By way of a brief overview, in January 2021 a group of about 100 stocks experienced monumental price and trading volume fluctuations. These stocks, many of which were consumer-centered companies with high brand awareness, gained rapid attention over social media platforms like Reddit and YouTube.

While the SEC’s report addresses the events and impacts of the meme stock phenomenon broadly, it focuses the bulk of its analysis around GameStop Corp (“GME”), arguably the most famous of the meme stocks.

In today’s ever-interconnected society, protecting the stability and security of cyber infrastructure and the personal information stored therein has never been of greater importance. Recognizing this need, the United States Securities and Exchange Commission (“SEC”) has taken marked steps to protect the security of investor records and information that broker-dealer firms possess.

In fact, the SEC has recently begun sanctioning the very victims of cyberattacks – investment firms that have fallen prey to such attacks – citing their deficient cybersecurity procedures as partly to blame for the unauthorized third-party access to investor’s private information. [1]

On August 30, 2021, the SEC released three orders sanctioning eight firms for their failures in protecting their customers’ personally identifiable information due to inadequate cybersecurity policies and procedures. These orders each proceeded as violations of Rule 30(a) of Regulation S-P, colloquially known as the “Safeguards Rule.” [2]

On September 27th, 2021, the Securities and Exchange Commission (“SEC”) announced affinity fraud charges against a Miami payday lender, Sky Group USA LLC (“Sky Group”), and its CEO, Efrain Betancourt. [1] The SEC’s complaint lists eight violations of federal securities law centering on allegations of material misrepresentations and omissions regarding Sky Group’s use of investor funds, its profitability, and the safety and security of the promissory notes it sold. [2]

According to the SEC’s complaint, Sky Group ran its fraudulent scheme from at least January 2016 through March 2020. During this time, Sky Group raised approximately $66 million through the sale of promissory notes while representing itself as a payday lender soliciting investors to fund its business. [2]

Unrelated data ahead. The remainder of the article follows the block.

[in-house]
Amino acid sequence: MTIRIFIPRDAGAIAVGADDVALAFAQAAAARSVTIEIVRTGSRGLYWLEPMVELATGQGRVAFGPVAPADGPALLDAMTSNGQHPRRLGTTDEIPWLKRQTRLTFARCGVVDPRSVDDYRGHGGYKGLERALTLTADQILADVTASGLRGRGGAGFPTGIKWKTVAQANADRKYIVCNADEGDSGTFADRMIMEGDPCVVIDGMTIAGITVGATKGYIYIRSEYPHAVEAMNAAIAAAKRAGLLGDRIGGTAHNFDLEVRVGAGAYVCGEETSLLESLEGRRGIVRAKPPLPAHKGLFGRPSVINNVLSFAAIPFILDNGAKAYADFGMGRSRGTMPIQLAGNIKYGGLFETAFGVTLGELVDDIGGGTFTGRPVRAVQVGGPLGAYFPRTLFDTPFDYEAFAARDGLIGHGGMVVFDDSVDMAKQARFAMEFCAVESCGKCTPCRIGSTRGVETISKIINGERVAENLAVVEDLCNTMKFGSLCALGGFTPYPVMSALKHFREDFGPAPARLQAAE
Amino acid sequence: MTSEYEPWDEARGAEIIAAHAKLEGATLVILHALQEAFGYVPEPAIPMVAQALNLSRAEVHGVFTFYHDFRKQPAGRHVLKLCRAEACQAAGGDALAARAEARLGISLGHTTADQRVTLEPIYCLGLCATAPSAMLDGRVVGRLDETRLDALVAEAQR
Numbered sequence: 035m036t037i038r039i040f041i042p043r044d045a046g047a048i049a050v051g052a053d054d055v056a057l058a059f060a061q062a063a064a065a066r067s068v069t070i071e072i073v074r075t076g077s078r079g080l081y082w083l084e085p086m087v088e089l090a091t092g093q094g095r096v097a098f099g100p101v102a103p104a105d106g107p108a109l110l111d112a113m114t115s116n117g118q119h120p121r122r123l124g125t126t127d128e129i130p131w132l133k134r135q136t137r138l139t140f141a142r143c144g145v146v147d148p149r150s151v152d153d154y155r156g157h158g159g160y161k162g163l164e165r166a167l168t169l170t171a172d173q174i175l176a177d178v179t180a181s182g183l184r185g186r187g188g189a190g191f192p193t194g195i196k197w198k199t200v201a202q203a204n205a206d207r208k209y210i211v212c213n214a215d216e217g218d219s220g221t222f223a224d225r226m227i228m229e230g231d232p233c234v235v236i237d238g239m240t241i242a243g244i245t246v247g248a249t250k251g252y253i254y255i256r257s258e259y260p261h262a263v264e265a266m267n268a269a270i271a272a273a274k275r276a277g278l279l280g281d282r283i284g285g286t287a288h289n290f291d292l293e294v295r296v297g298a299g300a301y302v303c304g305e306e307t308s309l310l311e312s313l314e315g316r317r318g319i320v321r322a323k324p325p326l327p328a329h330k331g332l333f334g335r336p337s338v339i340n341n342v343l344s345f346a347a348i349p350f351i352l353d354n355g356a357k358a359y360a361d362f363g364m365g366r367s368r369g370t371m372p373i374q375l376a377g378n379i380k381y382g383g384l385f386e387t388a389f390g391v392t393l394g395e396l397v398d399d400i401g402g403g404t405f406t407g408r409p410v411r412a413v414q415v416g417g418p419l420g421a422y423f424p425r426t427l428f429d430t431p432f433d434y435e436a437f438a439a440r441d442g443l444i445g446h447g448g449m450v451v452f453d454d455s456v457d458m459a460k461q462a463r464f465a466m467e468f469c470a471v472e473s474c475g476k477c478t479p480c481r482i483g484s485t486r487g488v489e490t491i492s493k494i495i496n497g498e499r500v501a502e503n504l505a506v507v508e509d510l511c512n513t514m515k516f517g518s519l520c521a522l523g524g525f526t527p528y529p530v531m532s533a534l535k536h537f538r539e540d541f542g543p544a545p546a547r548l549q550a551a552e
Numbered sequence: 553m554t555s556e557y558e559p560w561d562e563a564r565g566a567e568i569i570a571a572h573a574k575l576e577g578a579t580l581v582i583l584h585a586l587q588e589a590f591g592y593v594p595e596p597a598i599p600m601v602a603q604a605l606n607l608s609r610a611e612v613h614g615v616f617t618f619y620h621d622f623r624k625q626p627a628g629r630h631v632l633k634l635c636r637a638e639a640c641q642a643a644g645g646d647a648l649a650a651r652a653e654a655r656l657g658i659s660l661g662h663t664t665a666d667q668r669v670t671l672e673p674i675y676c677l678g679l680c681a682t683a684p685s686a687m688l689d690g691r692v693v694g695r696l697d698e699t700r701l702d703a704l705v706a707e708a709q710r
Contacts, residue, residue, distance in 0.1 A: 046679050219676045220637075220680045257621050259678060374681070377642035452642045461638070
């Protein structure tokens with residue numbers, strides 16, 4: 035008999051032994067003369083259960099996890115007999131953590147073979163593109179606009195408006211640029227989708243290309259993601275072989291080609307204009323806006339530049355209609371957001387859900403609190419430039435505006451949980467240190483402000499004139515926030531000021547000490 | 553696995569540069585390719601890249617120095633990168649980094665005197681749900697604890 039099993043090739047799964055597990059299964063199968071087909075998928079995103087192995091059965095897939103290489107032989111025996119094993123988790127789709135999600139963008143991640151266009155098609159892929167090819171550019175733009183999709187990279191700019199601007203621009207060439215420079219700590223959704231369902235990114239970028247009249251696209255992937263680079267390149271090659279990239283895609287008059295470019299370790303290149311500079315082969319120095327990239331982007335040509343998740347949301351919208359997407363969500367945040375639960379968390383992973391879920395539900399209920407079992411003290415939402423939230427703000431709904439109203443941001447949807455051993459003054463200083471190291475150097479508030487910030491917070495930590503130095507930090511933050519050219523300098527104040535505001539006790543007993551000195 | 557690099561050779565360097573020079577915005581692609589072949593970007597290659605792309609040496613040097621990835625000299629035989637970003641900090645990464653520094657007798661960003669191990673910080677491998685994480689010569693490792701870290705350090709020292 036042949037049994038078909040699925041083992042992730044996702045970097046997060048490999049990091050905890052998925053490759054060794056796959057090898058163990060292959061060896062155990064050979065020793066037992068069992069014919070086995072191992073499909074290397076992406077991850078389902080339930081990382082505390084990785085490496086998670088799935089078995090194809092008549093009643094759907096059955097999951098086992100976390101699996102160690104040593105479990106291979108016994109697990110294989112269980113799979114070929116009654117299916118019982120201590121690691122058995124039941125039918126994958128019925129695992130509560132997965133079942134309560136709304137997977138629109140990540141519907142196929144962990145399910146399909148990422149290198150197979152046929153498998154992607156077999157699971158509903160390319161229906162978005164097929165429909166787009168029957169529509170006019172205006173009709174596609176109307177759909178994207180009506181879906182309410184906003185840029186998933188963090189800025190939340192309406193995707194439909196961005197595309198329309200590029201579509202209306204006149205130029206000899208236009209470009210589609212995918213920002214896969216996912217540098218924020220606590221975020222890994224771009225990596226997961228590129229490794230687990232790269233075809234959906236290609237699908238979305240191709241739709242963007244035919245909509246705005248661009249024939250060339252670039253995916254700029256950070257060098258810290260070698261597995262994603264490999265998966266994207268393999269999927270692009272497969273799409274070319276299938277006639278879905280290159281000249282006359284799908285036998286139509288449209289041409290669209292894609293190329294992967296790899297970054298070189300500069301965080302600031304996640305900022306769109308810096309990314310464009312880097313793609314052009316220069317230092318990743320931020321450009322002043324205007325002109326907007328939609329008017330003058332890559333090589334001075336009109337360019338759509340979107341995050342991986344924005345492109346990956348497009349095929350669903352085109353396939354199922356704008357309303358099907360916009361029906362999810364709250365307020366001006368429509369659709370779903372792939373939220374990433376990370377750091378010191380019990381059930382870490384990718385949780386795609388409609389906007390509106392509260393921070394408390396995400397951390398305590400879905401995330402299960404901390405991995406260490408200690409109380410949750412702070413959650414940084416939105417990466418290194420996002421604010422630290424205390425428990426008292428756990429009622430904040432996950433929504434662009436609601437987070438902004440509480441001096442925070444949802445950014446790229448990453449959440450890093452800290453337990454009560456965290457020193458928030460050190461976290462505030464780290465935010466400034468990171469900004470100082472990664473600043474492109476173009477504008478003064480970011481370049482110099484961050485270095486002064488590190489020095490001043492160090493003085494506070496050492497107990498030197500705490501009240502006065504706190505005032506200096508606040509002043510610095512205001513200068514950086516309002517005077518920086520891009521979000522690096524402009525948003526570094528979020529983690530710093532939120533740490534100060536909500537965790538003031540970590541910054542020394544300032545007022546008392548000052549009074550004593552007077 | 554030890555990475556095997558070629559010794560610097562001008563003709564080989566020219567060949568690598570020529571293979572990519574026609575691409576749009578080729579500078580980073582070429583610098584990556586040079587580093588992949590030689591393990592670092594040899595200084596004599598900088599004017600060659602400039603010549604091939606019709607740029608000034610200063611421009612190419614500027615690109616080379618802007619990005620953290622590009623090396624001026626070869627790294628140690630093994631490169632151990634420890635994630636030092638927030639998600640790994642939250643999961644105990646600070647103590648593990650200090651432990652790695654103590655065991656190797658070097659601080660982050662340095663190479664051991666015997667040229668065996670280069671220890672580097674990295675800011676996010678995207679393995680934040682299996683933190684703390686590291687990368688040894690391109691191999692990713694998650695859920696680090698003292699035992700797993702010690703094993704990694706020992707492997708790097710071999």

In particular, Sky Group targeted Venezuelan-American investors in South Florida, who in turn often spread information about the investment opportunity by word-of-mouth. Betancourt specifically pitched Sky Group investments as “a great opportunity for members of the Venezuelan immigrant community to generate investment income,” touting its supposed $70 million loan portfolio as evidence of the investment’s safety.

In an order issued on September 24th, 2021, the Securities and Exchange Commission (“SEC”) settled with Thomas Powell, Stefan Toth, and two entities they owned, Homebound Resources LLC (“Homebound”) and Resolute Capital Partners LTD LLC (“RCP”) on several charges of investment and securities fraud relating to oil and gas securities offerings. [1]

The SEC’s order concerns a period of time from 2016 through 2019, during which the SEC alleged that respondents made material misrepresentations and omissions about their oil and gas securities offerings. [1] The order states that neither Powell nor Toth were registered nor even associated with a registered broker-dealer during the relevant time period as they sold unregistered securities to investors. [2]

RCP is described as a private equity firm that “gives smart investors access to beyond-Wall Street assets, such as oil and gas wells” by creating, and then offering, oil and gas debt and equity investment vehicles for oil and gas wells. [2] In so doing, RCP relies on Homebound to identify and purchase these oil and gas wells. [2] During the relevant time period, Thomas Powell owned RCP while Stefan Toth owned and managed Homebound. [2]

On Tuesday, September 14th, the Securities and Exchange Commission (“SEC”) announced its first enforcement action against an alternative data provider, charging the company App Annie Inc. with securities fraud. App Annie and Bertrand Schmitt, its co-founder and former CEO and Chairman, have agreed to pay more than $10 million in a settlement with the SEC on these charges. [1]

While this marks the SEC’s first enforcement action against an alternative data provider, it likely will not be its last, as the use of alternative data in the financial and investment sphere continues to rise. [2] Alternative data (“alt-data”) is data which goes beyond that of traditional corporate financial statements and helps guide investment strategies. [3] Examples of alt-data include mobile device data, credit card transactions, satellite imagery data, product reviews, and even social media activity. [4]

This type of data can be instrumental in making sound investment decisions when it is paired with traditional data from corporate sources, because it provides a broader view of a company’s financial viability. [4] However, it is notoriously difficult to aggregate and analyze given its vast breadth – it’s estimated that the world produces at least 2.5 quintillion bytes of such data daily. [4] This is where companies like App Annie come in.